Mid-cap High-Low Line Turns Up

The High-Low Lines round out this breadth line overview for the major indexes. High-Low Percent equals new highs less new lows divided by total issues. New highs represent stocks in unequivocally strong uptrends, while new lows represent stocks in unmistakably strong downtrends. The High-Low Line is a cumulative measure of High-Low Percent. It rises when new highs outpace new lows and falls when new lows outnumber new highs.

The chart above shows the S&P 500 High-Low Line turning up in mid August and moving above its 10-day EMA. It also hit a new high yesterday. Again, no problem with large-caps. The S&P Mid-Cap 400 High-Low Line moved lower in August, but turned back up over the last few days and moved above its 10-day EMA. Two of the three are above their 10-day EMAs now (net bullish). The S&P Small-Cap 600 High-Low Line is another case, and a basket case at that.


Putting it All Together

We have three line-based breadth indicators for three indexes: AD Line, Up/Down Volume Line. High-Low Line, S&P 500, S&P Mid-Cap 400 and S&P Small-Cap 600. I included the Nasdaq 100 with the AD Line and Up/Down Volume Line charts, but usually do not include it for my broad market assessment because 85 Nasdaq 100 stocks can also be found in the S&P 500. This would be double counting.

The S&P 500 is bullish and in good shape. The AD Line started hitting new highs in January and hit another new high this week (strong upside participation). The Up/Down Volume Line is also in an uptrend and near a new high (strong accumulation). The High-Low Line turned up again in mid August and hit a new high (strong uptrends>strong downtrends).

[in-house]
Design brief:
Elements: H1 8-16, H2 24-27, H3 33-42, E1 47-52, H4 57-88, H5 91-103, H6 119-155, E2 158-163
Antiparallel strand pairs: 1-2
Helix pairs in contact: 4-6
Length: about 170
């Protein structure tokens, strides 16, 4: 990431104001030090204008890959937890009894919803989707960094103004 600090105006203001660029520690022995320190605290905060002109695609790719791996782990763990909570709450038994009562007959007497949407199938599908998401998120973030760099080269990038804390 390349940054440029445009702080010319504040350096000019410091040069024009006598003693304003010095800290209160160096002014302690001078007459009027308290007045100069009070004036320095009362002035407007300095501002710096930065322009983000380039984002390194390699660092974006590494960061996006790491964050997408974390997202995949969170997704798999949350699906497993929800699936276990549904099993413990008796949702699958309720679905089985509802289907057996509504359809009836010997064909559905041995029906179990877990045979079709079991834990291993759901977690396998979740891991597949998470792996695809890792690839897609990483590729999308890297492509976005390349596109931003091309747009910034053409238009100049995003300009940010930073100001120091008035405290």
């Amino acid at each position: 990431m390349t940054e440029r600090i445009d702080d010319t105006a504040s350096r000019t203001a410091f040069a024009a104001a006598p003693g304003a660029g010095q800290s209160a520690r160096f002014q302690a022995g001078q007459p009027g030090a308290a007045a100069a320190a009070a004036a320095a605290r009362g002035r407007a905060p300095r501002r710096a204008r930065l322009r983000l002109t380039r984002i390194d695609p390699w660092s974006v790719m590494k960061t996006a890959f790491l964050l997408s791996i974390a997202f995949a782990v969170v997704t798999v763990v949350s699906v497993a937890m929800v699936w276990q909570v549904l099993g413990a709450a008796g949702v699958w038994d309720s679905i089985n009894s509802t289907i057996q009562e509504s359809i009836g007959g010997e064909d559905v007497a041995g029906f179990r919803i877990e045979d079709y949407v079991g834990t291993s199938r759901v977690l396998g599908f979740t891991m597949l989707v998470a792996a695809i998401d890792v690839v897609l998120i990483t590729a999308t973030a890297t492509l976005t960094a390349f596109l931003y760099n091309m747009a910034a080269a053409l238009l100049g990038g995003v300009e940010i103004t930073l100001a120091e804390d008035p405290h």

The S&P Mid-Cap 400 is mixed, but looking better this week. The AD Line is trending higher and near a new high, but the Up/Down Volume Line is trending lower and shows distribution. The High-Low Line is the tie-breaker here and it just turned up. While my Index Breadth Model remains net bearish for S&P Mid-Cap 400, further improvement in High-Low Percent could reverse that signal.

The S&P Small-Cap 600 remains bearish. The AD Line has been above its 200-day SMA since late January, but rangebound since May. The Up/Down Volume Line is trending lower and shows distribution. The High-Low Line hit a new low as new lows continue to outpace new highs.


Art's Charts ChartList

Interested in breadth charts? All the charts above, and more, can be found in the Art's Charts ChartList (here). You can open these charts to see the settings, copy them to one of your ChartList or simply scroll through all 24 breadth charts.


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Arthur Hill, CMT

Chief Technical Strategist,

Author, Define the Trend and Trade the Trend

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Arthur Hill
About the author: , CMT, is the Chief Technical Strategist at Focusing predominantly on US equities and ETFs, his systematic approach of identifying trend, finding signals within the trend, and setting key price levels has made him an esteemed market technician. Arthur has written articles for numerous financial publications including Barrons and Stocks & Commodities Magazine. In addition to his Chartered Market Technician (CMT) designation, he holds an MBA from the Cass Business School at City University in London. Learn More